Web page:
Several new bills continue to move through the legislative process this week since the Colorado General Assembly reconvened for the 2020 Legislative Session. Below is an update on several of these bills:
SB 216 – Workers Compensation Presumption
This bill shifts the legal burden of proof onto the employer for worker compensation claims associated with COVID-19. It applies to employees that work for construction companies; retail companies; medical providers; first responders; corrections; food processing and agricultural; nursing homes; utility services; airlines; residential care facilities; pharmacists; and public transportation. If a worker claims workers compensation because they believe they contracted COVID-19 at the workplace, the employer must prove otherwise through clear and convincing evidence if an employer chooses to dispute the claim.
SB 207 –Unemployment Insurance
This bill as introduced cobbled together several different issues – some of which were important to the Colorado Department of Labor & Employment but others significantly altered current independent contractor statutes. The Colorado Chamber and many other business interests submitted comments and lobbied the bill sponsors and other members of the Legislature over the week in an effort to improve the bill. All amendments were adopted yesterday in the Senate Finance Committee that resolved those concerns.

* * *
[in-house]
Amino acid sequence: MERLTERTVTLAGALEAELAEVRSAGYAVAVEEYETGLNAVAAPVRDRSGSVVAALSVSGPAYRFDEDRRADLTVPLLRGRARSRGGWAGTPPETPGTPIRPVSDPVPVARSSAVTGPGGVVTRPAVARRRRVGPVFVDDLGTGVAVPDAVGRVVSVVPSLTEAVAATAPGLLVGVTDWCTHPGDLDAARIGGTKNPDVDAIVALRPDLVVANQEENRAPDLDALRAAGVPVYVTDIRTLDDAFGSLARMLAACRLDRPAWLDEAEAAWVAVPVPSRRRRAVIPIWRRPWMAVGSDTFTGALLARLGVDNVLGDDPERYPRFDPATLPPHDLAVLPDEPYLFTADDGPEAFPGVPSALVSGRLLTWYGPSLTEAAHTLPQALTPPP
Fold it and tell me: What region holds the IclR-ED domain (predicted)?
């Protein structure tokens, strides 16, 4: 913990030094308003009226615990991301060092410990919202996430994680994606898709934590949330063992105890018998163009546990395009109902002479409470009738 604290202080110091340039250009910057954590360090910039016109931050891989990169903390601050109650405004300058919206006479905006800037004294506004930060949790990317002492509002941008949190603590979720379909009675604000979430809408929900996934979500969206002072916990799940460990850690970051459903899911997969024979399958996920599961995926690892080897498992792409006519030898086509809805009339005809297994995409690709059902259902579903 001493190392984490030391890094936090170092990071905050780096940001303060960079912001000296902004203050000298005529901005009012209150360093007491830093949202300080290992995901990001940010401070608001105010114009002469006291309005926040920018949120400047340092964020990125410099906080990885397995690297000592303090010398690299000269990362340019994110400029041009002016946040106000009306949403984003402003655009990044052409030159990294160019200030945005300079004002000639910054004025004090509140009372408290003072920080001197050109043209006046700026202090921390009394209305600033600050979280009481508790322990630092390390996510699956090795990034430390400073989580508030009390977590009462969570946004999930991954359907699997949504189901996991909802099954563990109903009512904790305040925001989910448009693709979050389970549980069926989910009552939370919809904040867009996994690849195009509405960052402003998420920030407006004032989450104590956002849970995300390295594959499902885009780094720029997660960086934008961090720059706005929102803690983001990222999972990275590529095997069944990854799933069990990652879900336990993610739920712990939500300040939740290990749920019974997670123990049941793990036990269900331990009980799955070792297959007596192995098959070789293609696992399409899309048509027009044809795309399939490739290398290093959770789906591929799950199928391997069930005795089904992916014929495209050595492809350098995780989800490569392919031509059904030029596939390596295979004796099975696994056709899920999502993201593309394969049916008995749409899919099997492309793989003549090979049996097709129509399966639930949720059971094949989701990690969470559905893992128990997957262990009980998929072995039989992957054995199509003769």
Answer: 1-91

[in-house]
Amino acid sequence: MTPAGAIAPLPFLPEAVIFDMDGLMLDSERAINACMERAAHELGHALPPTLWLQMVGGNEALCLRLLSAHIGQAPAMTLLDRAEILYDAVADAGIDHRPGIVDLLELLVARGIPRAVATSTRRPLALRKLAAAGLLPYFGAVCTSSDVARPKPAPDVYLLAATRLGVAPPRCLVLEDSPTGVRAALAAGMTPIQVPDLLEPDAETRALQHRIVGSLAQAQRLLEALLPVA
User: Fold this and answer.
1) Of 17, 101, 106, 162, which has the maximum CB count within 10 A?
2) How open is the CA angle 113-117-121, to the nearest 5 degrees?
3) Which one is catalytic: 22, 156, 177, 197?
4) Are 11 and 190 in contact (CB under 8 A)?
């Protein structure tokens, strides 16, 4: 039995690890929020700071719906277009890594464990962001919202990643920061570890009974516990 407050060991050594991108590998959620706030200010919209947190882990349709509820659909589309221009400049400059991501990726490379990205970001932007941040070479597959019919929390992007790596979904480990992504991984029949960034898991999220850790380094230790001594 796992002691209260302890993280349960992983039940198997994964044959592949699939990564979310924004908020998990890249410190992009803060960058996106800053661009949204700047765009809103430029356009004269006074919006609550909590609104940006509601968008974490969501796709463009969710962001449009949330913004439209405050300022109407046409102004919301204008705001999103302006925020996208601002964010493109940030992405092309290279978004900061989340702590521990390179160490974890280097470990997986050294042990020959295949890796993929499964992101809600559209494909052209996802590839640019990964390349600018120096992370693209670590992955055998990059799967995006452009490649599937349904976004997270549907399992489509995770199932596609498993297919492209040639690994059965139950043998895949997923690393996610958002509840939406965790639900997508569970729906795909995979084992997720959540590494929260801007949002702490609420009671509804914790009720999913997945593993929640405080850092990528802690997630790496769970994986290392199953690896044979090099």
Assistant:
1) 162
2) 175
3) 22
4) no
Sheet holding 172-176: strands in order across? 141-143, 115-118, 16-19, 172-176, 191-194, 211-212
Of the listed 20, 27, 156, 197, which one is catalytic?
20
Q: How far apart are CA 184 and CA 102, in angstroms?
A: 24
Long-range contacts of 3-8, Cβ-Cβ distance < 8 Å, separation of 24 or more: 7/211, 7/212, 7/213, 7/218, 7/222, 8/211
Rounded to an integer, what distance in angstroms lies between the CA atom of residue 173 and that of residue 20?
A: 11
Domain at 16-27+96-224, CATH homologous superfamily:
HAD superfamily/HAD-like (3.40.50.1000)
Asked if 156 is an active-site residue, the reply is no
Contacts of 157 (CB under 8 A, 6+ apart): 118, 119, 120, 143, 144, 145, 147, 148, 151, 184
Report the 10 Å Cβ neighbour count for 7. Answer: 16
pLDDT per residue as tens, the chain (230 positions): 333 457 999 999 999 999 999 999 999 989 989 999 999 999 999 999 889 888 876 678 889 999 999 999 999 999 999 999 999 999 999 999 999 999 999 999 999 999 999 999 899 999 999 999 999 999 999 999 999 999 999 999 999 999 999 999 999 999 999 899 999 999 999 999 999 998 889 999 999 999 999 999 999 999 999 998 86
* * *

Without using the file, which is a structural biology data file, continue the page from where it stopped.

SB 205 – Requiring Employers to Provide Sick Leave
SB 205 requires all Colorado employers to provide paid sick leave to their employees including during a pandemic. The Colorado Chamber submitted comments regarding concerns with the bill and lobbied the bill sponsors on our requested changes. The sponsors will be offering several amendments to address a majority of the concerns raised.
Bill #TBD – Whistleblower Protections in Public Health Emergencies
This draft bill prohibits discriminating or retaliating against an employee who raises concerns about workplace safety practices or who voluntarily wears their own protective equipment. The bill also allows an employee to file a complaint with the Division of Labor standards and can bring a civil action in District Court after exhausting those administrative remedies.